6. Those cutting guides on the bar indicate that it is the very end. However, that port looks to be long with multiple entry points. I bet the furthest out port (the one shown in the picture) is useful for something like a shifter integrated with bar ends.

  7. @stampers, I think that is the point. The cord sits in the grove aimed towards the shifters. This would allow you to adjust the distance the shifter sits from the end of the bar without it running into a port issue if it was right next to the shifter.

  8. @Scottchy, weighy weenie bikes will have carbon steerers where you can’t use star nuts anyway. It’s already pretty common to adjust the preload with one of those carbon steerer adjusters, tighten the stem, and then remove the adjuster.

  9. @shanghaid. i think scottchy was using “star nut” as a general term in use with carbon steerers, such as what some 3T forks use, or expansion plug systems.

  10. Is so much.. shimano everywhere..but sram is wireless..i thinks e a rly can we see mtb sram electronic..and shinano become old just a war..

  11. As far as I’ve seen in most bikes that need service, when you open up the stem/steer tube/top cap you find more crap and crud than anywhere else besides the bottom bracket. I’m not so sure about putting any more servicable items in there for the sake of sanity. For that matter why not just put the battery in the handlebar itself?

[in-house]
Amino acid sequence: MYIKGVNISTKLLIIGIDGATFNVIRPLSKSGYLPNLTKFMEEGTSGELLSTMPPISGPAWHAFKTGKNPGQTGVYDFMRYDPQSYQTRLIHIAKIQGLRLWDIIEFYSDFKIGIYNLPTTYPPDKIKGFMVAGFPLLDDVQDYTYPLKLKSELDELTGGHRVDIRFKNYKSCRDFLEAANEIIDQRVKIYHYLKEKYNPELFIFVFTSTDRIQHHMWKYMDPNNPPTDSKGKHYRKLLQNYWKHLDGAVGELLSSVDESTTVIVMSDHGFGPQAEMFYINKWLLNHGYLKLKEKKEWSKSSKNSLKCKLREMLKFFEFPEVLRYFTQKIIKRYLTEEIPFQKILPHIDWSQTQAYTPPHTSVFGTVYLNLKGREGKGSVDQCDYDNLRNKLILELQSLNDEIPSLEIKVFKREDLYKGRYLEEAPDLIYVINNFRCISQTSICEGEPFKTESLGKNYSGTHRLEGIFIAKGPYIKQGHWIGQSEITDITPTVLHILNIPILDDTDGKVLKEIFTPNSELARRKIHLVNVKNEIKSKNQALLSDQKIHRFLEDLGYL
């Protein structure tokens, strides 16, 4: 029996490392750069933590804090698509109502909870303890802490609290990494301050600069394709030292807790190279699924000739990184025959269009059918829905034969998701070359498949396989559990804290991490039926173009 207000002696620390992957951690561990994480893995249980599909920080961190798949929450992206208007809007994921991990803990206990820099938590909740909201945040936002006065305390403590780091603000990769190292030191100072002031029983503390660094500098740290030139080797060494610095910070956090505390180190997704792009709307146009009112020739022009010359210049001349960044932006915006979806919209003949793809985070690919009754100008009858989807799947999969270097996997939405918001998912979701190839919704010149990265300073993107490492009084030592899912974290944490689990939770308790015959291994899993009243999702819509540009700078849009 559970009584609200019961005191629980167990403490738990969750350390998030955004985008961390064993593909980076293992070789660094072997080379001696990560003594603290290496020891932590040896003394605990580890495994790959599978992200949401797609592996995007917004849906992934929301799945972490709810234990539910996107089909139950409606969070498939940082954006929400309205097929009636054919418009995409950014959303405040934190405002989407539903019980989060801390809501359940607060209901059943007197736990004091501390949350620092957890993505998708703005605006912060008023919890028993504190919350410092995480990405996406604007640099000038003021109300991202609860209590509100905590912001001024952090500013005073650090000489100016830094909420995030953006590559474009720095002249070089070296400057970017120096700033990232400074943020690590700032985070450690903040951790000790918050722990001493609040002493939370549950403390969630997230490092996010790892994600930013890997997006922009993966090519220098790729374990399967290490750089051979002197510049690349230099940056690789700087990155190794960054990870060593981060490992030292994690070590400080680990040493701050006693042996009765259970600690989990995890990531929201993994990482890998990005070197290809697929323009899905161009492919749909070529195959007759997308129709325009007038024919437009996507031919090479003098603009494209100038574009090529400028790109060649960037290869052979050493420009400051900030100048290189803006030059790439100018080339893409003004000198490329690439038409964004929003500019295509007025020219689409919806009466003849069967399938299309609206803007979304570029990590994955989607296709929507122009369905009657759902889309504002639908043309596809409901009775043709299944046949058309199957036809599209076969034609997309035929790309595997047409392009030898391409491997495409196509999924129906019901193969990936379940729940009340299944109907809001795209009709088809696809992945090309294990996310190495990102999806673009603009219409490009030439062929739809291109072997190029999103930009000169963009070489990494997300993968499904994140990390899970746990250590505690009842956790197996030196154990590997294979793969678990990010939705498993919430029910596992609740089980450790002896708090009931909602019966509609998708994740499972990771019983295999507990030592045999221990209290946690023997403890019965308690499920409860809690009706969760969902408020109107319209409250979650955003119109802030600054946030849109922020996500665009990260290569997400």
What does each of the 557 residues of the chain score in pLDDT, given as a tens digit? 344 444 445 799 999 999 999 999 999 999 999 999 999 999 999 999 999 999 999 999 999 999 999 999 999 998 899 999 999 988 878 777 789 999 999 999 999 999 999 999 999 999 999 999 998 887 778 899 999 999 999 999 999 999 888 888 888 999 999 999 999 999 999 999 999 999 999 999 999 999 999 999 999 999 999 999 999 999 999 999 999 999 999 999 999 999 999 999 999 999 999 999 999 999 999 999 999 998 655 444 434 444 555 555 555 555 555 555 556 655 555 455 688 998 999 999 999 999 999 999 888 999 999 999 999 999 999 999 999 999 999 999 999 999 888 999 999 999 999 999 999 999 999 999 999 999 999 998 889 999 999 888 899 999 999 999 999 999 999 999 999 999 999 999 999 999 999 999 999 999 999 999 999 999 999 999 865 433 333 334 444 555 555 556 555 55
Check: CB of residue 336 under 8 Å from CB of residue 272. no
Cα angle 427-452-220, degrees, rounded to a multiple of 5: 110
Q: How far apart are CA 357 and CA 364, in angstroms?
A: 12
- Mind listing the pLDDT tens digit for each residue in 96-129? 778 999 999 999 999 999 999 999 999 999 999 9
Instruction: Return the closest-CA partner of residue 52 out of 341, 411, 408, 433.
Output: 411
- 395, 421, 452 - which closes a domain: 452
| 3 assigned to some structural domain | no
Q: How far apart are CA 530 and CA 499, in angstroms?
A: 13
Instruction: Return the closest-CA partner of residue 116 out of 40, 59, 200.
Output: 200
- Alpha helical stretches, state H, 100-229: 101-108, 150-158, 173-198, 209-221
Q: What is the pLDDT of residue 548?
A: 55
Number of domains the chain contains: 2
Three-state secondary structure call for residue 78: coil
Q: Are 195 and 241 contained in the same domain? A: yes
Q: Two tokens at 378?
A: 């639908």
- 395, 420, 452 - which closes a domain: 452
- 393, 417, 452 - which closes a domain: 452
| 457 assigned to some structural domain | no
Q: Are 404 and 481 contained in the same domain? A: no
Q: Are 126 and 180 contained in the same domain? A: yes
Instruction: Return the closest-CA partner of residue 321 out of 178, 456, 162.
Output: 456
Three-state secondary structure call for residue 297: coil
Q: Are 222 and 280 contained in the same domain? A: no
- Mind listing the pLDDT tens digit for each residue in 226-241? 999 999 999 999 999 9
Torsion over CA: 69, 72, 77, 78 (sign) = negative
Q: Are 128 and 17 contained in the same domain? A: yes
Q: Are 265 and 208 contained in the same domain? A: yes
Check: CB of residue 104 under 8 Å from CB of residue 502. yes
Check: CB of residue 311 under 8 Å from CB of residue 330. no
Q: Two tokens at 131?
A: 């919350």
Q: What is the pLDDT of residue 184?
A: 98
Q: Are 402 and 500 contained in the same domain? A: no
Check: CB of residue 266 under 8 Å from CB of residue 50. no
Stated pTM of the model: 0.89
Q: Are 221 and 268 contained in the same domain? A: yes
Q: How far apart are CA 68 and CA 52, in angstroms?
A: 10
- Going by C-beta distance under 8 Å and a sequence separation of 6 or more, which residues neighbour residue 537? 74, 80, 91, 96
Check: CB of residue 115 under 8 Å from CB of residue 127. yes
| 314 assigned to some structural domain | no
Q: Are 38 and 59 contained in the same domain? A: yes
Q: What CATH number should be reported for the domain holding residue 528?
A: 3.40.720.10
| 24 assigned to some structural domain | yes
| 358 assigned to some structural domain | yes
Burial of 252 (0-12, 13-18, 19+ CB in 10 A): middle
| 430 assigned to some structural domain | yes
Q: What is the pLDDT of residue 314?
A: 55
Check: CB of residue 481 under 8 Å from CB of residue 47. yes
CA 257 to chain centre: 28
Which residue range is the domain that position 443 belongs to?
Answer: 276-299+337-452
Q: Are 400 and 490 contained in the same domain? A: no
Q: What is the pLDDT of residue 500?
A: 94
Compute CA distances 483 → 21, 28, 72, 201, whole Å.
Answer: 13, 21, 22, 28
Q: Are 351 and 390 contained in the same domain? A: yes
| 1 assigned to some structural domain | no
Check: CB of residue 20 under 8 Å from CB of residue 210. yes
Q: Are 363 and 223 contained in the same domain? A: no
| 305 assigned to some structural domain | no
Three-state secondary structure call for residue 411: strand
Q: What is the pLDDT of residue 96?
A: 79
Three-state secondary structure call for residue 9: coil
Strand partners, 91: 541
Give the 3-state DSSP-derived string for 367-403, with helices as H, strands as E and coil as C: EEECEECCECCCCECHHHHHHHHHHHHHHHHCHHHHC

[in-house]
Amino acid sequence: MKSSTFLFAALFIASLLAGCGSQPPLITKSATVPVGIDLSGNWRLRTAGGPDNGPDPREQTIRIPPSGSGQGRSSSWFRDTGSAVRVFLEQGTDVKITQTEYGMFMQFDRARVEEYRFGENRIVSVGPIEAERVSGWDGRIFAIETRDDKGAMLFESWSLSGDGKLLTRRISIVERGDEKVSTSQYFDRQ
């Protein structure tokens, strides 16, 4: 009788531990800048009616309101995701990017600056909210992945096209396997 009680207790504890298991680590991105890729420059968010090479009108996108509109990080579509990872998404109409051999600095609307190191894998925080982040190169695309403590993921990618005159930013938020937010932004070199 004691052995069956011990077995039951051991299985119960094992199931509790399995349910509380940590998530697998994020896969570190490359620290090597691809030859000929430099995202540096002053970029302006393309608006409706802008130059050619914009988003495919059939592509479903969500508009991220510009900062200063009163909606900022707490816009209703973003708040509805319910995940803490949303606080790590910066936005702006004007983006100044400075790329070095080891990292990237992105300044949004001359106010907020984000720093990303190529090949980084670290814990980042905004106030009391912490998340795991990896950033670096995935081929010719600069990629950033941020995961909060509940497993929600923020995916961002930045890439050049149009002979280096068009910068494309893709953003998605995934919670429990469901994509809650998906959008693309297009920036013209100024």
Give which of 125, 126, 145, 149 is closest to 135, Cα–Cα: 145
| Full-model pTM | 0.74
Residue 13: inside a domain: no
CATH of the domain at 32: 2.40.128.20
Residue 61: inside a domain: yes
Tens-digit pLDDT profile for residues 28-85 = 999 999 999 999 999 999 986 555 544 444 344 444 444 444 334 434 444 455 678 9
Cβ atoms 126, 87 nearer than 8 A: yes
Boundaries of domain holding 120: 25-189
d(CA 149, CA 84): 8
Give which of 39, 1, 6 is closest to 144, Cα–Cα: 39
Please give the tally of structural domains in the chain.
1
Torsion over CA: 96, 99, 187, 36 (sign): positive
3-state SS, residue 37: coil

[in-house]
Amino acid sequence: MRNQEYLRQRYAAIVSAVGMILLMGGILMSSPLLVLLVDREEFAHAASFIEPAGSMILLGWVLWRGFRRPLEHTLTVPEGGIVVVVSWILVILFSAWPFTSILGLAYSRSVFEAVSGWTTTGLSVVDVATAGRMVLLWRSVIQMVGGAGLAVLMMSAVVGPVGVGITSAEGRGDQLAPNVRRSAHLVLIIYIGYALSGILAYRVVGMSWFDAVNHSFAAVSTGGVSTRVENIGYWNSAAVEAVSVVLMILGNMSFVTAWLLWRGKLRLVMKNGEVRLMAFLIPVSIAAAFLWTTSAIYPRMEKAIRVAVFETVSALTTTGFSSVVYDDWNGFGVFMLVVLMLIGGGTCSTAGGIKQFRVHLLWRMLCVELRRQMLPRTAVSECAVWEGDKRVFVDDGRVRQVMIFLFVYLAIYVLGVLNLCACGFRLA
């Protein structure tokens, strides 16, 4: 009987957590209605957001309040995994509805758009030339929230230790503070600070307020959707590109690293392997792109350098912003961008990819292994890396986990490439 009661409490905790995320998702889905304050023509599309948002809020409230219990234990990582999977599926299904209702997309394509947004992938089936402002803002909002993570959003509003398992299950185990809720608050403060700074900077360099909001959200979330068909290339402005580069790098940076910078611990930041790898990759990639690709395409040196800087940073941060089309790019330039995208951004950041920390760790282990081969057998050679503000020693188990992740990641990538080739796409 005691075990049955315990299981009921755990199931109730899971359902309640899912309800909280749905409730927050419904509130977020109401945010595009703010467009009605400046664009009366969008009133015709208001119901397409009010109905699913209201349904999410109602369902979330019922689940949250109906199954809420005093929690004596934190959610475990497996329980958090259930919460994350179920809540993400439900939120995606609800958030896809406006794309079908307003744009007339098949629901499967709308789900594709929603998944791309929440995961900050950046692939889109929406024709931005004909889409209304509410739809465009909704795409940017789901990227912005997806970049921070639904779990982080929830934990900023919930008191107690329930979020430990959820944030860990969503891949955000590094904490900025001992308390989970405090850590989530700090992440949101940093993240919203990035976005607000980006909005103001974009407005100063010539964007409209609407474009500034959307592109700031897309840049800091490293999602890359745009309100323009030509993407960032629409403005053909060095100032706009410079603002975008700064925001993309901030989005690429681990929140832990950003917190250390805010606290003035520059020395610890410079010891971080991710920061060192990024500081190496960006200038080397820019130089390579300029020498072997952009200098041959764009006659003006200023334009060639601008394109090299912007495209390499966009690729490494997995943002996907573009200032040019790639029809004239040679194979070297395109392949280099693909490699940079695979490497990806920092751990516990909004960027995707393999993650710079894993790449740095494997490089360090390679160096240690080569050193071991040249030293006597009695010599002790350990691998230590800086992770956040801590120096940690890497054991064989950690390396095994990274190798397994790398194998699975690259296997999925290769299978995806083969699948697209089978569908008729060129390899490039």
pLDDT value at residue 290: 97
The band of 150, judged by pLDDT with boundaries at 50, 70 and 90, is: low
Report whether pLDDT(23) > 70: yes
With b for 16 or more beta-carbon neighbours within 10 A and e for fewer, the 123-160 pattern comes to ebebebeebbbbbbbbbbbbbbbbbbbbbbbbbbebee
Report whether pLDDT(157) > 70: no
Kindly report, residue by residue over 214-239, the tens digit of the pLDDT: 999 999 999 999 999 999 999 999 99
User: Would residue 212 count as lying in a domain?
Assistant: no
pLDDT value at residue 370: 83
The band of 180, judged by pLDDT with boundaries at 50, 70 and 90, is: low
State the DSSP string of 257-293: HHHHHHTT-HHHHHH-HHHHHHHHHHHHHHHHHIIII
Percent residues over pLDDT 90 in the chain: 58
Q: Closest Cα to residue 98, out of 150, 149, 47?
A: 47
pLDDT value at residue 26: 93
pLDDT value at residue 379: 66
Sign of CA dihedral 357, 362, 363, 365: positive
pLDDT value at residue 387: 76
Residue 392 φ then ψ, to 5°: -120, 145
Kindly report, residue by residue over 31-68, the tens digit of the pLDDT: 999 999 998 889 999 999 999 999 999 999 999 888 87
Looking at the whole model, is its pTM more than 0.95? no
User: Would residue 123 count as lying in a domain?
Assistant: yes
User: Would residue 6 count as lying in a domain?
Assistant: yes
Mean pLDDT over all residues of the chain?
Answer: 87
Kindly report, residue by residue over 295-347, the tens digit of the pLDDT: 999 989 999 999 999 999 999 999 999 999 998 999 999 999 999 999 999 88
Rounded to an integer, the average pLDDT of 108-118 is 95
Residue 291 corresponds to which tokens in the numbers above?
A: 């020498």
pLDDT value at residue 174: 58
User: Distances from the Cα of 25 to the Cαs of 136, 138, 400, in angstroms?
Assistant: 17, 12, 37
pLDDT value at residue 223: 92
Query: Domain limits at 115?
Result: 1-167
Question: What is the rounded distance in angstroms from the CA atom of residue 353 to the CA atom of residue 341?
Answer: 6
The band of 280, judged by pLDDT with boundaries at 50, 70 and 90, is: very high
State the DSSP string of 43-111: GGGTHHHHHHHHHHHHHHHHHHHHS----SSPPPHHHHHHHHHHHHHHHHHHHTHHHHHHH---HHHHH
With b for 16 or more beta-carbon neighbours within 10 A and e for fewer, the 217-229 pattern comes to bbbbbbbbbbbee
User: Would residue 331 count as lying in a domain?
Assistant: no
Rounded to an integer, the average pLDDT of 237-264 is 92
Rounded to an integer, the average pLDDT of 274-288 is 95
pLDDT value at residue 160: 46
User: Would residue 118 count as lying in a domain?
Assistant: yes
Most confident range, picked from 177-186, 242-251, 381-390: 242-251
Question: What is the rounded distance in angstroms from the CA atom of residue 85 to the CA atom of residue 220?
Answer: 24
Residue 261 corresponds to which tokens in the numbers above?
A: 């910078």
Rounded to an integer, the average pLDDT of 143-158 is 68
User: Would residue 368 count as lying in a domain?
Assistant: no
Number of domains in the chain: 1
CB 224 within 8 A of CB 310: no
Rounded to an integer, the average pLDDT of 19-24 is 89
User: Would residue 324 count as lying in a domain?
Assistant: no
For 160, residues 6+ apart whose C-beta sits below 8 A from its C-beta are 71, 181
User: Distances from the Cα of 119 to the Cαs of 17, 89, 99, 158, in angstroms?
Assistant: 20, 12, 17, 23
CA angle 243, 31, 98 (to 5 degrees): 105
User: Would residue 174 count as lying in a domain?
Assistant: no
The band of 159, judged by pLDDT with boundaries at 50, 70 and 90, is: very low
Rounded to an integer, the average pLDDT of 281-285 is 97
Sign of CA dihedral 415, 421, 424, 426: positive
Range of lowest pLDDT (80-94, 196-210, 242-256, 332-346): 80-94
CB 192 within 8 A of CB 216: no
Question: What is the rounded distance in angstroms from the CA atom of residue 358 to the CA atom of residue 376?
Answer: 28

12. They copied Gary Klein alu frames (cannondale), they copied his hidden cable system (20 years later). They copied his oversized headtubes (20 years later). His “press-fit” bottom brackets, not matched yet though… maybe in 2024? They finally copied his headset system, hell yeah!!!! Hope they copy his rear drop-outs soon.

  13. MaLol – Klein’s dropouts aren’t so good with disc brakes. Rearward facing horizontal dropout will spit out the wheel when brake is applied. Kind of moot when it’s all going to 12 x 142 anyway.

  14. So complicated… Sram electronic is wireless! All this proprietary parts from Shimano just to make up for the wired technology. Wait for Sram to bring the wireless electronic drivetrain to Mtb gruppos. With the added complication of full suspension systems to run wires cleanly and safely, a wireless system seems a must for Mtb

  15. Sram wireless sounds really cool. But shimano may be affordable with XT Di2 in… let’s say 2017. Sram might be affordable, hopefully in 2025… Just look at XX1 prices… still more expensive than xtr mechanical… shame on sram!!

  16. I don’t get wireless. Battery on the each shifter and each derailleur all to save a small wire running through the frame.

  17. I just clicked through so I could say how uneccessary and stupid this stuff is.
    After reading all of the positive responses, I do have to acknowledge that this technology appears more popular than I would have guessed.
    If it keeps up, it’s going to transform the way and the locations in which we ride – for better or worse.
    We’ll all want loops with good access to fire roads and parking lots. We’ll all volunteer more to keep the trails buff and in good repair.
    The term ‘mountain biking’ may become a little bit misplaced.

  18. Next step Samsung Smart Bar for both road and mtb. It would be nice to hold a conversation with my handlebar! Yes! I did watch Nightrider as a child!